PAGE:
PeffTalk TechTalk #1
I am beginning this blog with excerpts from 8 years of writing for Dancer Newspaper, now defunct. I wrote a technical Ballet Teaching column every month. I taught at Steps for over 29 years. I started writing this in 1994. Enjoy!
"I am most often asked questions, by teachers and dancers, usually follow the pattern of the material I bring to the convention-1.--placement which enables anyone to move easily without stressing the joints,2.-- the reason for the sequences at the barre--where they may be recognized as useful in the dancing, and last but not least 3.--the "secret" of multiple pirouettes, long comfortable balances, and how to remember combinations to the left!
After that, I am usually asked about bringing dancers back from injury as well as prevention of new injuries. Occassionally, I am required to lecture on my feelings about college versus career, nutritition, appropriate summer progams, and what it is like to come to New York to begin working on the professional part of careers for Broadway and/or ballet.
To begin this column, I thought you might like to know about a typical class of mine, in the studio where I teach daily. I teach at Steps 74th, at the Professional, Advanced and Intermediate levels. The terms Professional, Advanced and Intermediate mean something different in a top New York studio, dancers are very expert, the combinations faster and bigger. You can expect a large studio, 25-40 students ranging in age from 16 up, Broadway stars, ballerinas from various ballet companies, and aspiring dancers who already have acquired a fairly high level of technique. Both men and women work in class together. The class runs 1 and a half hours--40-45 minutes at the barre including slow stretching, and centre work always including tendus, adage, pirouettes, small and large jumping combinations, diagonal turning and jumping combinations and men's work. Pointe shoes are not required but advancement in pointe is daily possible, since the class is designed to be progressively built from the beginning of the week to the end. Many of the dancers in ballet companies who come to class are preparing for auditions or rehearsals later in the day, and performances at night.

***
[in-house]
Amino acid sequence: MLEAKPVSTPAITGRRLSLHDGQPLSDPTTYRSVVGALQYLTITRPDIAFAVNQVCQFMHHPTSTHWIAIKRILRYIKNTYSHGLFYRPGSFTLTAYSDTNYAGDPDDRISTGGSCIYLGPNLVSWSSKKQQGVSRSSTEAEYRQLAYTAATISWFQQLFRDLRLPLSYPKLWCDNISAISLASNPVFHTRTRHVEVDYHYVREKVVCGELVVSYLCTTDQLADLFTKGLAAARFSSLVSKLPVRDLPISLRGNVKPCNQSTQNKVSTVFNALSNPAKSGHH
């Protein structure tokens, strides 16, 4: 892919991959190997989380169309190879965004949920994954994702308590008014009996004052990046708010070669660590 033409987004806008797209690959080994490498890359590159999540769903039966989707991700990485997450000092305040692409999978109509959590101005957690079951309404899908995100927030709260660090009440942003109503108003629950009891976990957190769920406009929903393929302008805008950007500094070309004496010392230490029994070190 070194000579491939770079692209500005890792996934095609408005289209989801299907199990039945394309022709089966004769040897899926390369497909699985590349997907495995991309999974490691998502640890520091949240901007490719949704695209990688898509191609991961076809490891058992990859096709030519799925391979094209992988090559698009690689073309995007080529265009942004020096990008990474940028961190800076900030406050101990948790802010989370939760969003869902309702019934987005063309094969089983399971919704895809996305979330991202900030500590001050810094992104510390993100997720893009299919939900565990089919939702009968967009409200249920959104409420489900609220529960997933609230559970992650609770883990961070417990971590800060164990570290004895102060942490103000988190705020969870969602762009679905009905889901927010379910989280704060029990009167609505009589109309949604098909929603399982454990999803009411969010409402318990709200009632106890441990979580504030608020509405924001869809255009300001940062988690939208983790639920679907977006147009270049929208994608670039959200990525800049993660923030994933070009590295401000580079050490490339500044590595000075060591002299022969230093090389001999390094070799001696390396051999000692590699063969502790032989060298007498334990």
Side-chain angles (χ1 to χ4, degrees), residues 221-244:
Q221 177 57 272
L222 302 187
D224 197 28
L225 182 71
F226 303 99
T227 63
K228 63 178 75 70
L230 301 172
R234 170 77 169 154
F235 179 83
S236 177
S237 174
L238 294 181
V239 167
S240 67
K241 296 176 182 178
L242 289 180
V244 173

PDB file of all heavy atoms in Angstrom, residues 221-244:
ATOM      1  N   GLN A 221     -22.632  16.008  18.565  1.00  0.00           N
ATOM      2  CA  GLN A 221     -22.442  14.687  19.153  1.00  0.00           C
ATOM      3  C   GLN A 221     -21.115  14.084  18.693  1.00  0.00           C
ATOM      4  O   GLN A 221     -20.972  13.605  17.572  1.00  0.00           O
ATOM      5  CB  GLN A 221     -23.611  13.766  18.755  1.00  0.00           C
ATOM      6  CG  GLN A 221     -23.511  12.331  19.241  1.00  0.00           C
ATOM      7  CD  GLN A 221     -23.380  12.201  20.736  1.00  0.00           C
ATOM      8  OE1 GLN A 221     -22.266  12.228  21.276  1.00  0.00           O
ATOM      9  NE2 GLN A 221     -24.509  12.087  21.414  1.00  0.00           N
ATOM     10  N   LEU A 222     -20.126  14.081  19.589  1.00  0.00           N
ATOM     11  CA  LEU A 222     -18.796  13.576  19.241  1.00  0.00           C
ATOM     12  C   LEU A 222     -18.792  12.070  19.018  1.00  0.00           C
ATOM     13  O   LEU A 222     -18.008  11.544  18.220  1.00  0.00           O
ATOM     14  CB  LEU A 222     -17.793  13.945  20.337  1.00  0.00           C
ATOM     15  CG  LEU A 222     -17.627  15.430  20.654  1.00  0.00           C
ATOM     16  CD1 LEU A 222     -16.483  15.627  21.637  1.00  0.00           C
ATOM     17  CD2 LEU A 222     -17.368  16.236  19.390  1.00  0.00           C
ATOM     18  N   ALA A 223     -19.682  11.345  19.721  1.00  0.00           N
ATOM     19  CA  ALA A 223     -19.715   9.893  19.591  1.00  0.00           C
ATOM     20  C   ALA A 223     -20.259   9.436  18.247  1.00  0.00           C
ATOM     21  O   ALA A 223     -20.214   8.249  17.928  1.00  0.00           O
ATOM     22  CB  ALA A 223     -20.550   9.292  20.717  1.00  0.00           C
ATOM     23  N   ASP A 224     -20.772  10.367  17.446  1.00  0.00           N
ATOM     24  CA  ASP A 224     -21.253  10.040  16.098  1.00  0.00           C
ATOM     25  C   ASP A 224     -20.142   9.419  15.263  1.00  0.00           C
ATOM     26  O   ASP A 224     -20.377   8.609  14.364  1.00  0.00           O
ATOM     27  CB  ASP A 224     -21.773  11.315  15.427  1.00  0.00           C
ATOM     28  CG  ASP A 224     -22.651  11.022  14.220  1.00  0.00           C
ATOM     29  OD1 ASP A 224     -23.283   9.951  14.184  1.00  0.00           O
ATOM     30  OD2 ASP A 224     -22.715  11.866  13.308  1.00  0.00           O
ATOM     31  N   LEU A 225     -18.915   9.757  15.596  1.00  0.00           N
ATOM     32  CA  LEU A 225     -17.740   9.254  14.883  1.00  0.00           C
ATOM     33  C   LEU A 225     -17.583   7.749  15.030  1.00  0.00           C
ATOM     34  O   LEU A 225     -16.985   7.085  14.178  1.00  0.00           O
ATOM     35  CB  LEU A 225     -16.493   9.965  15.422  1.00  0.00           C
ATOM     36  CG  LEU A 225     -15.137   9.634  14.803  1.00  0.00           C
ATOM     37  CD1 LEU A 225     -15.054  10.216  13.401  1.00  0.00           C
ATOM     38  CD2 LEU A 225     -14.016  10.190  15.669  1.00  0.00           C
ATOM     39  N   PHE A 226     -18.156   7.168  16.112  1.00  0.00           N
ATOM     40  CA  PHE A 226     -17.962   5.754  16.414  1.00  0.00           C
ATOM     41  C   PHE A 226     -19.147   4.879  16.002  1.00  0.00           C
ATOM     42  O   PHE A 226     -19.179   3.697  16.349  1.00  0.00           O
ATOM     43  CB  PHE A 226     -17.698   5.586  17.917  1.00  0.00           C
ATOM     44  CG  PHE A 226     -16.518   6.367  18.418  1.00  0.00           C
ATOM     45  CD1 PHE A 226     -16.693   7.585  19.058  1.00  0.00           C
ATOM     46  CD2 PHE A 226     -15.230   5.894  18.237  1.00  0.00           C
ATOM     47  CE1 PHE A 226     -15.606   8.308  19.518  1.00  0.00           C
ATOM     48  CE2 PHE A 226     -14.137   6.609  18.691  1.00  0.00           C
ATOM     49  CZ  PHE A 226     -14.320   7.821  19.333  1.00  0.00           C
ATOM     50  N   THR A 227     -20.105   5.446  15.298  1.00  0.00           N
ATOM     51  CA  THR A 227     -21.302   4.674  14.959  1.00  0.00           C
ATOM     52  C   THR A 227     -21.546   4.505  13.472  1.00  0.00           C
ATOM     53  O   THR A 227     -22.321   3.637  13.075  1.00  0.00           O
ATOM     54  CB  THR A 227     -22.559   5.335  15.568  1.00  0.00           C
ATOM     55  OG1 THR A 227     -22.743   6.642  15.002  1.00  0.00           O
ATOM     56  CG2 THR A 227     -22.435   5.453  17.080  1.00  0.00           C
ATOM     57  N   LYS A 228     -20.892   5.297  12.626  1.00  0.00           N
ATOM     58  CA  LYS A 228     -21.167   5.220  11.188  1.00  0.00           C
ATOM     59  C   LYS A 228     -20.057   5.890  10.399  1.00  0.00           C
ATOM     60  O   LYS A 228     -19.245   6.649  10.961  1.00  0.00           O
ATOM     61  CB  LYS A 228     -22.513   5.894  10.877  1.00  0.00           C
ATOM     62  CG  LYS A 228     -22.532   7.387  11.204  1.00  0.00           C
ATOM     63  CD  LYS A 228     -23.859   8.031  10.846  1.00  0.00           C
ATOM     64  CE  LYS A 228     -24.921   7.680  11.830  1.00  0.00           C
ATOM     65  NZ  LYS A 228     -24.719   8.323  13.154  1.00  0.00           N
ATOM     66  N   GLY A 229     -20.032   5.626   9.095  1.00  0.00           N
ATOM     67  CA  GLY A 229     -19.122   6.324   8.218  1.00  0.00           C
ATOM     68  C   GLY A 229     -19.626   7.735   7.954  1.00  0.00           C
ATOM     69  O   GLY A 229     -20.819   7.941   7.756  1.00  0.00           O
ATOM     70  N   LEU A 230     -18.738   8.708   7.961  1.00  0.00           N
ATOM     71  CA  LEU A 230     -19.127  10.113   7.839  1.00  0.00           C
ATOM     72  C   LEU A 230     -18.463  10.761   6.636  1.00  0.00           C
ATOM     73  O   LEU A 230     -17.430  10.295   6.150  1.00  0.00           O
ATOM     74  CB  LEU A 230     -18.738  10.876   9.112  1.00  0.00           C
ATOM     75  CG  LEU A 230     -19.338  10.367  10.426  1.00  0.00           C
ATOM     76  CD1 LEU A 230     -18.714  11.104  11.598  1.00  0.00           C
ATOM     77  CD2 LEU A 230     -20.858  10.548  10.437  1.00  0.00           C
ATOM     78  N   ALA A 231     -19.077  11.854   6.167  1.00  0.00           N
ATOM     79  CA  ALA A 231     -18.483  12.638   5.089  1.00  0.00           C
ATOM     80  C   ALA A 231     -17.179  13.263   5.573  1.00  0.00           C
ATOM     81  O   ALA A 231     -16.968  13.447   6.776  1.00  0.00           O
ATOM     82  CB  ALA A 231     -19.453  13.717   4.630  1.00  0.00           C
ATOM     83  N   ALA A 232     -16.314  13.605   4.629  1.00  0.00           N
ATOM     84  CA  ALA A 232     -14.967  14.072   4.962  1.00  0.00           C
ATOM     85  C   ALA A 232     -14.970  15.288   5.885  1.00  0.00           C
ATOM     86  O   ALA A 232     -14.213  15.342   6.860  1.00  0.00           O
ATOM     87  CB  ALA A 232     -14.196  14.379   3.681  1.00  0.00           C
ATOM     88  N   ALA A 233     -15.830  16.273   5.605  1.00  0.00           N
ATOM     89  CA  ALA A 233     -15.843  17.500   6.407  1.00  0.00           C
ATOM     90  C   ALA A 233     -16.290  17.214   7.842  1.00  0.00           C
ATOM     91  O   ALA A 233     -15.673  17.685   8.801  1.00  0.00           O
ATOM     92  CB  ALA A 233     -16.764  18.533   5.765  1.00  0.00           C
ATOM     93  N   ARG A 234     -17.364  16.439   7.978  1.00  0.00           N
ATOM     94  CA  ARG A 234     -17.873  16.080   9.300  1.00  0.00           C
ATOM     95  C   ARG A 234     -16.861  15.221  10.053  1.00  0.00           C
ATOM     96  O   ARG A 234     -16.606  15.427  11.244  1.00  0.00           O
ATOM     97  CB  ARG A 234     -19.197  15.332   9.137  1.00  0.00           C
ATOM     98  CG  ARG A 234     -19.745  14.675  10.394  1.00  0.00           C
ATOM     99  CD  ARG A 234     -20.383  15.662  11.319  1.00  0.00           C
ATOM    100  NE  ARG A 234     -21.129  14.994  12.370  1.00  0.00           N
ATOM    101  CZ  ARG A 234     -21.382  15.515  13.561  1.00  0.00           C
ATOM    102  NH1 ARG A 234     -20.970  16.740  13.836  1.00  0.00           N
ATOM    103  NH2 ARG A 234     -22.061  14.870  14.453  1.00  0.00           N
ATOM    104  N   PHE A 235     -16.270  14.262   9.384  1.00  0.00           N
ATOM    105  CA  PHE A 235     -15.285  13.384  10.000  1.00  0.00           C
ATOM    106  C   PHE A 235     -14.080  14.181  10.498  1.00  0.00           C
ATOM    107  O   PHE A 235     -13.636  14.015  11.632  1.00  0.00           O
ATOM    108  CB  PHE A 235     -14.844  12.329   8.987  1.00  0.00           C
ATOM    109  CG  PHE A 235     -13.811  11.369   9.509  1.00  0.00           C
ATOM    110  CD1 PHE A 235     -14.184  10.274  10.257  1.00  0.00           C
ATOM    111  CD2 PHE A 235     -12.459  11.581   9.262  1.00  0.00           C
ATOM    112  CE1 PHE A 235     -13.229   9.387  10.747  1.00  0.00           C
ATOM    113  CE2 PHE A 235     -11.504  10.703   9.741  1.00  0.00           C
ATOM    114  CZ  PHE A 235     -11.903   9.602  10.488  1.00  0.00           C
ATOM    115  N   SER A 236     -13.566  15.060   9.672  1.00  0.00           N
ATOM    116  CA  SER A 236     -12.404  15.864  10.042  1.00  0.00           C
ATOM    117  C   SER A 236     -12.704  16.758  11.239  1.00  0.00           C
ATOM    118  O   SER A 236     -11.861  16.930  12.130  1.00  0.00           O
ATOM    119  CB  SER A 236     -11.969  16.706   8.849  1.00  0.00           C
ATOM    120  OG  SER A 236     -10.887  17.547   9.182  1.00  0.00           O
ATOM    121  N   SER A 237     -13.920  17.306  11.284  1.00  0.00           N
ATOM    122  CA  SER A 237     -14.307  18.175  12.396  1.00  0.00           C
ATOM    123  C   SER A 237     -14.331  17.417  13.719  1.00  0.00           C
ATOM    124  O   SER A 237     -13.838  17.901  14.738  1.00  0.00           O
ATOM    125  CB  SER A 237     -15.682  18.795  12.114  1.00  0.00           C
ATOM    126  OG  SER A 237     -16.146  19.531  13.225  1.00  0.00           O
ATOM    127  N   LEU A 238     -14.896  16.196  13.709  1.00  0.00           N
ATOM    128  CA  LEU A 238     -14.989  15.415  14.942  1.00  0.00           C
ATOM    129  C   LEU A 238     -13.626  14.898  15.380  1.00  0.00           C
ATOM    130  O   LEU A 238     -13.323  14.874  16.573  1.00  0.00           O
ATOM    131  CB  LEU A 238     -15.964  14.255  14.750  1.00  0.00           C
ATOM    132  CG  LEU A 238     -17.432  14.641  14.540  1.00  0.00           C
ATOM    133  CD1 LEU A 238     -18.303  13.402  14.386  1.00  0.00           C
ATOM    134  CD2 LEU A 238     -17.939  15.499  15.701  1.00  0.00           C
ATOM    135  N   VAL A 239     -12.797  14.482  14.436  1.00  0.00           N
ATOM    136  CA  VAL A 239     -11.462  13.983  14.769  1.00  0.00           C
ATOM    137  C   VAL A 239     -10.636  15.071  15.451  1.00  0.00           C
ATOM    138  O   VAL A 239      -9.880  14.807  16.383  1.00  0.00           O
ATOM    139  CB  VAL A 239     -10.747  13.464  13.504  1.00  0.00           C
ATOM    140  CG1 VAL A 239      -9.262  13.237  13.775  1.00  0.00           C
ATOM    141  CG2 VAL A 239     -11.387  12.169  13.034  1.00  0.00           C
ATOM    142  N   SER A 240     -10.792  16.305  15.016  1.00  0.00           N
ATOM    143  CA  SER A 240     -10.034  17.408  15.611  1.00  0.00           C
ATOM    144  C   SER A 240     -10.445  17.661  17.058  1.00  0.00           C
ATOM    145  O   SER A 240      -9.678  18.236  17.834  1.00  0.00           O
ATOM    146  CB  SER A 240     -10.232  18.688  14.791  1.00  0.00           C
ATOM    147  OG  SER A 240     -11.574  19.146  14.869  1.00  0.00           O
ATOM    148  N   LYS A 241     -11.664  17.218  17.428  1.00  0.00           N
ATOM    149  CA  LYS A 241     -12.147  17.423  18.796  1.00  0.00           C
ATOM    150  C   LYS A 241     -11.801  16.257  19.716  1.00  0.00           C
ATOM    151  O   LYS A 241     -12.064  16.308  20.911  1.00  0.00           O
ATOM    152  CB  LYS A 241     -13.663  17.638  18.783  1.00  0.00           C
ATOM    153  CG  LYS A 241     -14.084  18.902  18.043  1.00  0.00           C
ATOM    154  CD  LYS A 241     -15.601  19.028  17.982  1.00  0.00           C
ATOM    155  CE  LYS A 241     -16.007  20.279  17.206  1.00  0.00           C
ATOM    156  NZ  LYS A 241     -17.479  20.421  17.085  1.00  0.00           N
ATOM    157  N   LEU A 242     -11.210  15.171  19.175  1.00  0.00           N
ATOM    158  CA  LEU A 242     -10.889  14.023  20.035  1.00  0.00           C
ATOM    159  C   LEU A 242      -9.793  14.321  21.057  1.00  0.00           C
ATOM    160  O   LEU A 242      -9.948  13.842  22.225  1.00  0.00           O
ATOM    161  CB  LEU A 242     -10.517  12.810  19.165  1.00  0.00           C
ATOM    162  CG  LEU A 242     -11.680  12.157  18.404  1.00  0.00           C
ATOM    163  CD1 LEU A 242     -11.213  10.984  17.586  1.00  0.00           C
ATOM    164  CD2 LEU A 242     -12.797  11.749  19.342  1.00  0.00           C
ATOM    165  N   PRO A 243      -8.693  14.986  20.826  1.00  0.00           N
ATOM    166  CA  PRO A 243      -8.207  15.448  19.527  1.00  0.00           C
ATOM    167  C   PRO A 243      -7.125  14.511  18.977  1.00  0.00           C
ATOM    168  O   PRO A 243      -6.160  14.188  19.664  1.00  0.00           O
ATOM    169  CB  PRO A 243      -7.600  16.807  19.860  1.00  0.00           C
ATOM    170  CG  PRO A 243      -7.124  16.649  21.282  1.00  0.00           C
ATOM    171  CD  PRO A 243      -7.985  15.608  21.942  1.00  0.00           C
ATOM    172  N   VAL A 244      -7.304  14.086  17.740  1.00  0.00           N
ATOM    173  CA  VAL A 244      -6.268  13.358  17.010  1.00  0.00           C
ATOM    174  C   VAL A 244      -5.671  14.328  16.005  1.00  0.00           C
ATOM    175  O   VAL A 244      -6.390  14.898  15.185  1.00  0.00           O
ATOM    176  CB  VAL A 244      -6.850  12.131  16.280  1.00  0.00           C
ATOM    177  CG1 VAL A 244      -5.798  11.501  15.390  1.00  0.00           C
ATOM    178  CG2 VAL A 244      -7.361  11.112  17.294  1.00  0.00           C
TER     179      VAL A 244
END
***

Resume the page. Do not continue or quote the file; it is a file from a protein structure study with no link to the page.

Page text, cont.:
I am blessed with the best accompanists in the city, and the advantage of live music promotes the added awareness of musical dynamics and possibilities of the effect of changing speeds. I am told by my darling dancers, that the atmosphere is pleasant, questions are encouraged and no one is left out because they are having difficulty following.
There is a definite code of behavior which includes everyone---no street shoes, no gum, no rosin, no dirty language, don't get in anyone else's way during the rotation of groups, be polite to the teacher, accompanist and other members of the class. Quiet conversation between students often occurs while other groups are dancing. This is a business of contacts. Often someone looking in the door, is a choreographer or scout, looking for just the right person. When they are welcomed in, they may well see a dancer who has been out of sight for a while and give them a job as well. They are always impressed with the formality of ballet etiquette. It is a good idea to dress nicely for ballet class, simply and in good taste, hair neat and attractive make-up. Bring your resumes and headshots with you. Teachers, mentors and friends are allowed to observe the class from the doorways, but photographic equipment and recording devices are forbidden. At the end of class there is a formal reverence to the accompanist and teacher. After class I am available to answer questions, and advise on the fitting of pointe shoes or the care of injuries. Then I am off to teach some private lessons, coach a rehearsal for a pair of principals getting ready to guest in New Orleans, and spend some hours reviewing the videos of the young figure skaters whom I also coach for their competitions. " ©PeffModelski,March 1994